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R100,000 bail for SA Branch Chief at US Centre for Disease Control; arrested on R25m corruption and fraud charges

By Marianne Thamm 13 September 2018

Dr Alfred Bere, from his Facebook profile.

Zimbabwe-born US resident, Dr Alfred Bere, arrested at Musina in August on charges of fraud and corruption with regard to the misappropriation of R25-million of donor funding, was granted R100,000 bail in the Cape Town Magistrate’s court on Wednesday.

Dr Alfred Bere’s attorney, Shagan Balram, in applying for bail for the virologist who is the South African Branch Chief at the US Centre for Disease Control (CDC), told the Cape Town Magistrate’s Court his client was afraid of contracting diseases should he remain in custody.

Balram told the court Bere would be willing to pay bail of R40,000  which his family had managed to raise.

Senior State Prosecutor Lucinda Mcani, however, said the state would set bail at R200,000 due to the severity of the charges and the total of the amount involved. She requested the court to order Bere to hand over his Zimbabwean passport which contains his US and South African residence permits. The court ultimately set Bere’s bail at R100,000 with strict conditions including that he report daily to the Lynwood SAPS, Pretoria, between 19:00 and 21:00 and that he does not contact any potential witnesses.

Balram told the court that his client had informed him that he earned R40,000 a , which appears to be incorrect as the CDC’s official US federal pay-scale indicates that in 2017 Bere earned $111,695 per annum which would translate to roughly R100,000 a month.

Bere, said Balram, “does not know who he has defrauded” and would be pleading not guilty to the charges. He added that a “service provider” and not Bere’s employer, the CDC, had lodged the fraud and corruption charges.

Bere, said Balram, had not been attempting to flee the country when he had been arrested by the Hawks on 25 August. He had, said Shangan, simply been en route to Zimbabwe to visit family.

The court heard that the Hawks had attempted to make contact with Bere on 22 August. Bere, said Balram, had attempted to reply on 23 August and later instructed an attorney to do so on his behalf before leaving for Zimbabwe with his wife, Gamuchirai Madzima, and their three-year-old son.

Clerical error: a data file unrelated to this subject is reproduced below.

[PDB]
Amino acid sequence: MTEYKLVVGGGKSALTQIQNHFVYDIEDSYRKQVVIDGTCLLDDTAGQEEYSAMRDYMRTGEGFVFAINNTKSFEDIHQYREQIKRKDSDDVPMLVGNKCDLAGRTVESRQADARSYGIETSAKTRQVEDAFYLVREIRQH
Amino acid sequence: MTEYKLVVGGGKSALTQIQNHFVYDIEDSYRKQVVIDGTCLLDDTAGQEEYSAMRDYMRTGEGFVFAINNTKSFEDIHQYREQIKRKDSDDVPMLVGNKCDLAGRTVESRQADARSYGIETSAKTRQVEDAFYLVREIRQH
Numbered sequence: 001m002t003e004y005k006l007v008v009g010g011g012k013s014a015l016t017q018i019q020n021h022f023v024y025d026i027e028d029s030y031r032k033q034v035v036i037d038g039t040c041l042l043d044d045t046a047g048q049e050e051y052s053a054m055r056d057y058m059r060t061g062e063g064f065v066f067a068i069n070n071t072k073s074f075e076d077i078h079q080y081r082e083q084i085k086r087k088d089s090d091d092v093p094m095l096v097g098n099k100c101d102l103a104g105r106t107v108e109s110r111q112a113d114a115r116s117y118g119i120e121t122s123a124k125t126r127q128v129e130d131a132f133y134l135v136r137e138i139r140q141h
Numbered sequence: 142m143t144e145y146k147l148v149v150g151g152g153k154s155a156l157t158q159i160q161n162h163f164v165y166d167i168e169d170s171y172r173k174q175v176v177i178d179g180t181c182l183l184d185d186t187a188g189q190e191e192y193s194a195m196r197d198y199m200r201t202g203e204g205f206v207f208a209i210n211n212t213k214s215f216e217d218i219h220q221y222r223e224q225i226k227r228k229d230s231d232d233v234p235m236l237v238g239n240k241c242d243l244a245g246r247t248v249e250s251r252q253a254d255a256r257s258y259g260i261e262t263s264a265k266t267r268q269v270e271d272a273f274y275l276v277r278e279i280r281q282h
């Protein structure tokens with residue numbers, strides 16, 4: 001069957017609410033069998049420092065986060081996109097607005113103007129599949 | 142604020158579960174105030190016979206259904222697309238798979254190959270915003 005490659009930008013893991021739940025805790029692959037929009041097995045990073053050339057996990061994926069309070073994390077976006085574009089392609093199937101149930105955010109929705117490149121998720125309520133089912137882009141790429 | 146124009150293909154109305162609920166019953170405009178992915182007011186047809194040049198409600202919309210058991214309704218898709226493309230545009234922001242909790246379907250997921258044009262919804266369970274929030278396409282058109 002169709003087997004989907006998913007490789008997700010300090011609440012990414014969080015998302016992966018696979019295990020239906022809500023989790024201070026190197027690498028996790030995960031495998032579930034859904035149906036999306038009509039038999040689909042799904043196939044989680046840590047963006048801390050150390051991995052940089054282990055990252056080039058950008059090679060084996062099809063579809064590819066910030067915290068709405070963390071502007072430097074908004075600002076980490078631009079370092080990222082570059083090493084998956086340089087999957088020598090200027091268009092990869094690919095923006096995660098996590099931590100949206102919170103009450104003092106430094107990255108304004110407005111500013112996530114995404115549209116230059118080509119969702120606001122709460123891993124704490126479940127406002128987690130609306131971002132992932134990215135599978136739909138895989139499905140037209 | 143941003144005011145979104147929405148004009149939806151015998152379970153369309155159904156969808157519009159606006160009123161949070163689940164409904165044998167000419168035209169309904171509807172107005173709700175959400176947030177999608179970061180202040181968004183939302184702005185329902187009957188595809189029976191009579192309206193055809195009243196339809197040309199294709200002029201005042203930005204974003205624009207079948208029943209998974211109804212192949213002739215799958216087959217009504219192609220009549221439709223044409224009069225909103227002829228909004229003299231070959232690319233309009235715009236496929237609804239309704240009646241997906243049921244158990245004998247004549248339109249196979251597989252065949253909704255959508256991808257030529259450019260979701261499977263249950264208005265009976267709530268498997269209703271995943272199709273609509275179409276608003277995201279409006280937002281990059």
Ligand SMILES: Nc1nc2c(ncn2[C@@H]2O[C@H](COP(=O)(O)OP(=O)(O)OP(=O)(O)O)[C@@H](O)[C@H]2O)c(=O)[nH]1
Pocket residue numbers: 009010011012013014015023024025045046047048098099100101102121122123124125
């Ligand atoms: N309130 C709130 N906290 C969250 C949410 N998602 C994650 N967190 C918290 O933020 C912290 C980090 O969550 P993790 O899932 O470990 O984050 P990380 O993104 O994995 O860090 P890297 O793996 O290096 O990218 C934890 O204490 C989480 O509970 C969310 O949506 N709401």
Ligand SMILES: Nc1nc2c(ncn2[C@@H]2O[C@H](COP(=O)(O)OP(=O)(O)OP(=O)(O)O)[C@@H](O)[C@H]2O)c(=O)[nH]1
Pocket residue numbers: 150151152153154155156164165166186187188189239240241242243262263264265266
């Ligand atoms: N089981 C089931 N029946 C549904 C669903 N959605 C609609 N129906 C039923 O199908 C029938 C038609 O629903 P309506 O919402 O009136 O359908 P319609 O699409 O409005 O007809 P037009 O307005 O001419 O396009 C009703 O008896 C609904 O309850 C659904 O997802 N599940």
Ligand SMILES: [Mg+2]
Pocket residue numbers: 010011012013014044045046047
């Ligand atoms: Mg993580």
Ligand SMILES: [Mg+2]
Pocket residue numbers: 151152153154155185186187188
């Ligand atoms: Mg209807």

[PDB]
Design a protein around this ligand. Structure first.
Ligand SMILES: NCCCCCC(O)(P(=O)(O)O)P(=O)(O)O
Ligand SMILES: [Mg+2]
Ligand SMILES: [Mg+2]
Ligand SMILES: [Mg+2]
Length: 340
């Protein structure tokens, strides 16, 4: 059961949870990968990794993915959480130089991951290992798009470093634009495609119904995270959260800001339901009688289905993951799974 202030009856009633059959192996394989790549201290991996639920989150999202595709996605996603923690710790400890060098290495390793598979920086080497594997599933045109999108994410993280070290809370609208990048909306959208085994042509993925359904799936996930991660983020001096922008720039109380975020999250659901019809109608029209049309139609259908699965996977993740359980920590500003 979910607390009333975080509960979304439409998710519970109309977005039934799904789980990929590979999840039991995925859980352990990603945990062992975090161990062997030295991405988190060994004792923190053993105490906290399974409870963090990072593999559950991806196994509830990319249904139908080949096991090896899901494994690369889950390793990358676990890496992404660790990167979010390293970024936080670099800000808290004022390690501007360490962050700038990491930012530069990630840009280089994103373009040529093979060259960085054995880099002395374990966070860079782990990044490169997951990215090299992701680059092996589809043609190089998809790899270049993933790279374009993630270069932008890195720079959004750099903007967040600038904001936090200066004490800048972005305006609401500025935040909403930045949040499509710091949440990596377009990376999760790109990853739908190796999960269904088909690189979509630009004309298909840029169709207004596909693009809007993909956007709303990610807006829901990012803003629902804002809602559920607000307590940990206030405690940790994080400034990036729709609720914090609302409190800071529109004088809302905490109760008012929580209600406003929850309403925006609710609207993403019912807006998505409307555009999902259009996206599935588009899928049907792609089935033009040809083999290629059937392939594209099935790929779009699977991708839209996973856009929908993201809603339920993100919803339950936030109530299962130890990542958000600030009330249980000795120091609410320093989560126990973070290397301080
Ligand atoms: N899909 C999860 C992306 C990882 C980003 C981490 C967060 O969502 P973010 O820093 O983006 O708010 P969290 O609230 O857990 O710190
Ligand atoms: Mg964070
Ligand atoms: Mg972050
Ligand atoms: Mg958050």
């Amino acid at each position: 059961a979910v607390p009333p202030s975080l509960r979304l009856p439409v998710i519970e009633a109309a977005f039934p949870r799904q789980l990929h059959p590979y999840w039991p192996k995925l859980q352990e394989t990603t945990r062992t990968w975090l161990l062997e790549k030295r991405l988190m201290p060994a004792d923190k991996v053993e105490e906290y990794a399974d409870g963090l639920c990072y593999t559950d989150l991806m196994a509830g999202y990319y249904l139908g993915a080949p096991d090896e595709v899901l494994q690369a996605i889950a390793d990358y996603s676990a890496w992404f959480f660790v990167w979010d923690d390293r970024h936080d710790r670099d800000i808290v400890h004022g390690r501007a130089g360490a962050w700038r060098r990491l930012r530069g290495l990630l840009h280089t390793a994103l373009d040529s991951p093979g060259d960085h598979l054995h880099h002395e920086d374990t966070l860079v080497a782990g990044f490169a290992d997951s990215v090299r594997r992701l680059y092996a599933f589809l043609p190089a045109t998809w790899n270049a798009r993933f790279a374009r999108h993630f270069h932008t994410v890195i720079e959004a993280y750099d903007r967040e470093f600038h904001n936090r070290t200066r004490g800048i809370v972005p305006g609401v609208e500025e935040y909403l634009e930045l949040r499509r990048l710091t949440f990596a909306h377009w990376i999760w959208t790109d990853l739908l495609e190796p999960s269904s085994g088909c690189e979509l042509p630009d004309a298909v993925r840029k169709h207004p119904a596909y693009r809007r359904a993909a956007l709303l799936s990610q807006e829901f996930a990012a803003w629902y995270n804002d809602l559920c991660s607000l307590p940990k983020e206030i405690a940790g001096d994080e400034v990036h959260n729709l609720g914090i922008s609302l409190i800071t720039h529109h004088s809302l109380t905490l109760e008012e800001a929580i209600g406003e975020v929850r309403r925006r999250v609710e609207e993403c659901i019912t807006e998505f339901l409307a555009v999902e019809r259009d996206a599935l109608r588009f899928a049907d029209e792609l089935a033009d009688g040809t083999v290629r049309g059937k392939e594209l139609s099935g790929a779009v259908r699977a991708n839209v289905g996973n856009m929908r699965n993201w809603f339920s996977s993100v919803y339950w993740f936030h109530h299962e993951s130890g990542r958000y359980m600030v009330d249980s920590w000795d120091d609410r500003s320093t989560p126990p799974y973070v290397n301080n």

Madzima had previously been employed as a Senior Development and Public Health Specialist at the South African Clothing and Textile Workers’ Union Worker Health Programme (WHP), a sub-recipient of funds awarded to prime grant recipient, TBHIV Care (THC).

She resigned from SACTWU after the conflict of interest had been exposed in 2017.

Daily Maverick sent questions to Carrie Schneider, acting spokesperson for the US Mission South Africa, asking whether the CDC had been alerted earlier to allegations of corruption and the misappropriation of funds on Bere’s watch and prior to the investigation by the Hawks. Schneider had not responded at the time of writing.

The Hawks raided the SACTWU WHP offices in Cape Town in October 2017.

The investigation into Bere was initiated in 2017 when THC picked up unsubstantiated invoices from the SACTWU WHP. (THC was responsible for fiscal oversight.)

Colleen Khumalo, CEO of the SACTWU WHP, resigned on 28 August, three days after Bere’s arrest. She was appointed CEO in December 2014. SACTWU General Secretary, Andre Kriel, confirmed to Daily Maverick that the union had requested Khumalo to resign or face disciplinary action. The union, said Kriel, was of the view that “developments” in the WHP had “brought the organisation into disrepute”.

SACTWU, added Kriel, was co-operating with the Hawks investigation.

Daily Maverick sent a list of questions to Khumalo with regard to her resignation and offering her a right to reply to various allegations including that as CEO she overrode standard operating procedures for travel, had upgraded flights to business class and had booked expensive hotels.

Khumalo is also alleged to have signed off on a R12-million invoice for Medical Male Circumcision packs supplied by a company, Zarsterimed, whose director Sandile Gwamanda is Khumalo’s brother-in-law.

Bere’s link here is that he is alleged to have crafted a CDC funding announcement with scoring criteria that would have heavily favoured the SACTWU WHP.

The SACTWU Worker Health Programme had been a CDC implementing partner in the PEPFAR/National Department of Health Voluntary Medical Male Circumcision programme since 2011 and had accomplished impressive results with regard to National Department of Health circumcision targets.

Studies in 2007/8 indicated a huge reduction in HIV rates where men had undergone traditional circumcision, changing the funding landscape in South Africa. In 2011 the CDC first offered a funding opportunity for medical male circumcision.

Under previous WHP CEO, Nikki Soboil, more than 300 retrenched clothing and textile workers were trained to work in the health programme. The programme resulted in almost 500,000 circumcisions. As a result of the alleged fraud and misappropriation of funds the programme has now ground to a halt.

The court heard on Wednesday that more individuals are expected to join Bere in the dock when he returns to court on 13 December. DM

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